import numpy as np;&nbsp; # NumPy package for arrays, random number generation, etc import matplotlib.pyplot as plt&nbsp; # For plotting # Simulation window parameters xMin = -.5; xMax = .5; yMin = -.5; yMax = .5; # Parameters for the parent and daughter point processes lambdaParent = 10; # density of parent Poisson point process lambdaDaughter = 100; # mean number of points in each cluster sigma = 0.05; # sigma for normal variables (ie random locations) of daughters #Extended simulation windows parameters rExt=7*sigma; #extension parameter #for rExt, use factor of deviation sigma eg 6 or 7 xMinExt = xMin - rExt; xMaxExt = xMax + rExt; yMinExt = yMin - rExt; yMaxExt = yMax + rExt; # rectangle dimensions xDeltaExt = xMaxExt - xMinExt; yDeltaExt = yMaxExt - yMinExt; areaTotalExt = xDeltaExt * yDeltaExt; # area of extended rectangle # Simulate Poisson point process for the parents numbPointsParent = np.random.poisson(areaTotalExt * lambdaParent);# Poisson number of points # x and y coordinates of Poisson points for the parent xxParent = xMinExt + xDeltaExt * np.random.uniform(0, 1, numbPointsParent); yyParent = yMinExt + yDeltaExt * np.random.uniform(0, 1, numbPointsParent); # Simulate Poisson point process for the daughters (ie final poiint process) numbPointsDaughter = np.random.poisson(lambdaDaughter, numbPointsParent); numbPoints = sum(numbPointsDaughter); # total number of points # Generate the (relative) locations in Cartesian coordinates by # simulating independent normal variables xx0 = np.random.normal(0, sigma, numbPoints); # (relative) x coordinaets yy0 = np.random.normal(0, sigma, numbPoints); # (relative) y coordinates # replicate parent points (ie centres of disks/clusters) xx = np.repeat(xxParent, numbPointsDaughter); yy = np.repeat(yyParent, numbPointsDaughter); # translate points (ie parents points are the centres of cluster disks) xx = xx + xx0; yy = yy + yy0; # thin points if outside the simulation window booleInside=((xx&gt;=xMin)&amp;(xx&lt;=xMax)&amp;(yy&gt;=yMin)&amp;(yy&lt;=yMax)); # retain points inside simulation window xx = xx[booleInside]; yy = yy[booleInside]; # Plotting plt.scatter(xx, yy, edgecolor='b', facecolor='none', alpha=0.5); plt.xlabel("x"); plt.ylabel("y"); plt.axis('equal'); 
Julia 

After writing this post, I later wrote the code in Julia. The code is here and my thoughts about Julia are here.

Results

The results show that the clusters of Thomas point process tend to be more blurred than those of Matérn point process, which has cluster edges clearly defined by the disks.  The points of of a Thomas point process can be far away from the centre of each cluster, depending on the variance of the normal random variables used in the simulation.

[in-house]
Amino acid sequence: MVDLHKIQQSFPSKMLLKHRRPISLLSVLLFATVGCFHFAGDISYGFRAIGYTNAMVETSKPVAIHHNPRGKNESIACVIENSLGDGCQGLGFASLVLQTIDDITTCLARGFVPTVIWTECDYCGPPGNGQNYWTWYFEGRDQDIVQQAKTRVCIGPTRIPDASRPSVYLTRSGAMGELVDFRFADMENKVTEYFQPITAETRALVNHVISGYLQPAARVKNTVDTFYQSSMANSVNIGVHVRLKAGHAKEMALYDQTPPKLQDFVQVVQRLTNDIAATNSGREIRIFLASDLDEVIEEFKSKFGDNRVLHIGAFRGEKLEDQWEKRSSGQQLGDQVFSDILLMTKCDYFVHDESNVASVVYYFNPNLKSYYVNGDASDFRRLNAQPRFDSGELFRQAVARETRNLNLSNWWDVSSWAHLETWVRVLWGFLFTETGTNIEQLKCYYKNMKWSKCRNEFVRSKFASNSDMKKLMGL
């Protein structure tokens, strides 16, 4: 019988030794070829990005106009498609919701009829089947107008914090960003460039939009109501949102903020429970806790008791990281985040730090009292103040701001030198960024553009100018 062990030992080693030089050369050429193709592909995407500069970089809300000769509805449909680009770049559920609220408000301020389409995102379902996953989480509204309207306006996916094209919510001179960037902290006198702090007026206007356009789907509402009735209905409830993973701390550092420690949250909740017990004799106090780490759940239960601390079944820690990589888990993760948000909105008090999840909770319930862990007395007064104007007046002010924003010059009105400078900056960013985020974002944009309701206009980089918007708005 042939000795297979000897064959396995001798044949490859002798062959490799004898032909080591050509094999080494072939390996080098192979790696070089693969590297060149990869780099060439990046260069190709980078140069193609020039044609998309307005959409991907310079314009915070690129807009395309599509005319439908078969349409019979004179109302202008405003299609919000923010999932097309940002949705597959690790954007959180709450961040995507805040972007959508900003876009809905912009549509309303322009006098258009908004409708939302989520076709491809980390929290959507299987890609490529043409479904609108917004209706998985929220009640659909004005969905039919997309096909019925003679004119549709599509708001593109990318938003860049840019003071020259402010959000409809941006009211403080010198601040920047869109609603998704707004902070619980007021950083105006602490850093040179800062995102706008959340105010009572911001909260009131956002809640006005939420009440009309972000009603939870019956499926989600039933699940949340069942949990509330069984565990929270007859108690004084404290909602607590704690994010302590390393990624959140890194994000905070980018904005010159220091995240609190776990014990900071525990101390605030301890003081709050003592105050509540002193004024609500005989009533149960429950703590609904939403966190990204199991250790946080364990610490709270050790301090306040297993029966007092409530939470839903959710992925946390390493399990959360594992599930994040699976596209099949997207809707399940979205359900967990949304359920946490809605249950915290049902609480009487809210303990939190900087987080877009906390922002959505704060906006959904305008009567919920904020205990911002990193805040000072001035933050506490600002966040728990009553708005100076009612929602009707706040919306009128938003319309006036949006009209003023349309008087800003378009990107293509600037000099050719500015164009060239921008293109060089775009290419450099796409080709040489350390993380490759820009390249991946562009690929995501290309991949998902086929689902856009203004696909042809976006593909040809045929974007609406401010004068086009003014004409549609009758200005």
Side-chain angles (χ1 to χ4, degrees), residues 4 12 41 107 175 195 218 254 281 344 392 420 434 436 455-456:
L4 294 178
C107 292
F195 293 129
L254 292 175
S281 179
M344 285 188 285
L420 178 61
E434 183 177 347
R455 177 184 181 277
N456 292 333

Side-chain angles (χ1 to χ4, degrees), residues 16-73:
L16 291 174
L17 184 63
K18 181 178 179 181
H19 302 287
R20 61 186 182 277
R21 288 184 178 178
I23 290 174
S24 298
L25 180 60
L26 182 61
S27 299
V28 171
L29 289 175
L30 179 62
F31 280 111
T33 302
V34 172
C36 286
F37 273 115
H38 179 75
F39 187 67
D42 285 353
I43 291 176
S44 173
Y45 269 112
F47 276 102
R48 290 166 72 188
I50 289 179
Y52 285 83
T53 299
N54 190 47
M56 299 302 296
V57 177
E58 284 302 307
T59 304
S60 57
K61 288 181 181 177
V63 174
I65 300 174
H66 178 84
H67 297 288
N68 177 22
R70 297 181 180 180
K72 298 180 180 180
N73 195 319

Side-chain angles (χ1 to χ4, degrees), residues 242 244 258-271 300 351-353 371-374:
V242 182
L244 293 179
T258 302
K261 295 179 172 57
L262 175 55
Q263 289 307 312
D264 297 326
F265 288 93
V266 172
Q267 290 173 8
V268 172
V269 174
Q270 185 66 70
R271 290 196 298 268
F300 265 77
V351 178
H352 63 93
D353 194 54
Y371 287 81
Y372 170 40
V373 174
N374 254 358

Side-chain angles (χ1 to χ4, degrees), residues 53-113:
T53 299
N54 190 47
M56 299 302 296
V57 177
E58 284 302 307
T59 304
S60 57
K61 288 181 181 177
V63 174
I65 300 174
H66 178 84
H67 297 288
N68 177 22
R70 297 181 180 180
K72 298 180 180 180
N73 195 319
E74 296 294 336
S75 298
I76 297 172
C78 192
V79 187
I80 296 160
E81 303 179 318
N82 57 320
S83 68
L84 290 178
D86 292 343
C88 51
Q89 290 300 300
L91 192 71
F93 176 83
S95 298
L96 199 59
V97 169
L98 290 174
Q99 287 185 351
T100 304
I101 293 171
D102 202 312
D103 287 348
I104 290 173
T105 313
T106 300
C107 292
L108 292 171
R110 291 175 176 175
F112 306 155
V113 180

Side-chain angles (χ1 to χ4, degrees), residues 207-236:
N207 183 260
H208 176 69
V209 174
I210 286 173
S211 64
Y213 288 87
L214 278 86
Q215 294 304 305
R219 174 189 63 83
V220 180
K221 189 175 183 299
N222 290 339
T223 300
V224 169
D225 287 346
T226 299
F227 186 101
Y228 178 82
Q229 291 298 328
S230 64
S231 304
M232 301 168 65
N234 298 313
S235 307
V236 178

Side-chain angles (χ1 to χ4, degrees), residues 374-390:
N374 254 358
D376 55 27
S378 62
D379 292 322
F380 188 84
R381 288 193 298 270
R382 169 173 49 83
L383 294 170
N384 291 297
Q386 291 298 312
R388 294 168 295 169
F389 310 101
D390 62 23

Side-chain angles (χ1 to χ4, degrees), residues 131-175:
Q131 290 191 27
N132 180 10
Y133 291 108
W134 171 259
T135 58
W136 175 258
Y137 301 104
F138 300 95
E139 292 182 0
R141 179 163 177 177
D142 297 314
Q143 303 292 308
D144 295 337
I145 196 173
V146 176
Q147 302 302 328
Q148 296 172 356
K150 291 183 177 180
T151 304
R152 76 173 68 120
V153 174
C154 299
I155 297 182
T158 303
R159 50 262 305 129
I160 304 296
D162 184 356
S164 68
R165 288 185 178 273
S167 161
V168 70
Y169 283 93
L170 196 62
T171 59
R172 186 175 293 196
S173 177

MATLAB

R

Python

Further reading

Thomas (and Matérn) cluster point processes and more generally Neyman-Scott point processes are covered in standard books on the related fields of spatial statistics, point processes and stochastic geometry, such as the following: Spatial Point Patterns: Methodology and Applications with R by  Baddeley, Rubak and Turner, on page 461; Statistical Analysis and Modelling of Spatial Point Patterns Statistics by Illian, Penttinen, Stoyan, amd Stoyan, page 370 and Section 6.3.2; Stochastic Geometry and its Applications by Chiu, Stoyan, Kendall and Mecke,  on page 173; and; Statistical Inference and Simulation for Spatial Point Processes by Møller and Waagepetersen, in Section 5.3. I would probably recommend the first two books for beginners. 

The Thomas point process has also appeared in models of wireless networks, which we covered in the book Stochastic Geometry Analysis of Cellular Networks by Błaszczyszyn, Haenggi, Keeler, and Mukherjee, Section 8.1.8.

More generally, Neyman-Scott point processes belong to a family of point processes called shot noise Cox point processes; see the paper by Møller. 

There is the book Spatial Point Patterns: Methodology and Applications with R written by spatial statistics experts Baddeley, Rubak and Turner, which covers the spatial statistics (and point process simulation) R-package spatstat.

In my travels on the web, I found this post where the writer also simulates the Thomas and Matérn point processes in Python, independent of my code.  That code is a bit different to mine because I use the repeat function and simulate all the Poisson variables at once, instead of using a for-loop and simulating a Poisson variable for each iteration.  I also think it’s not quite correct because I do not see how they account for edge effects.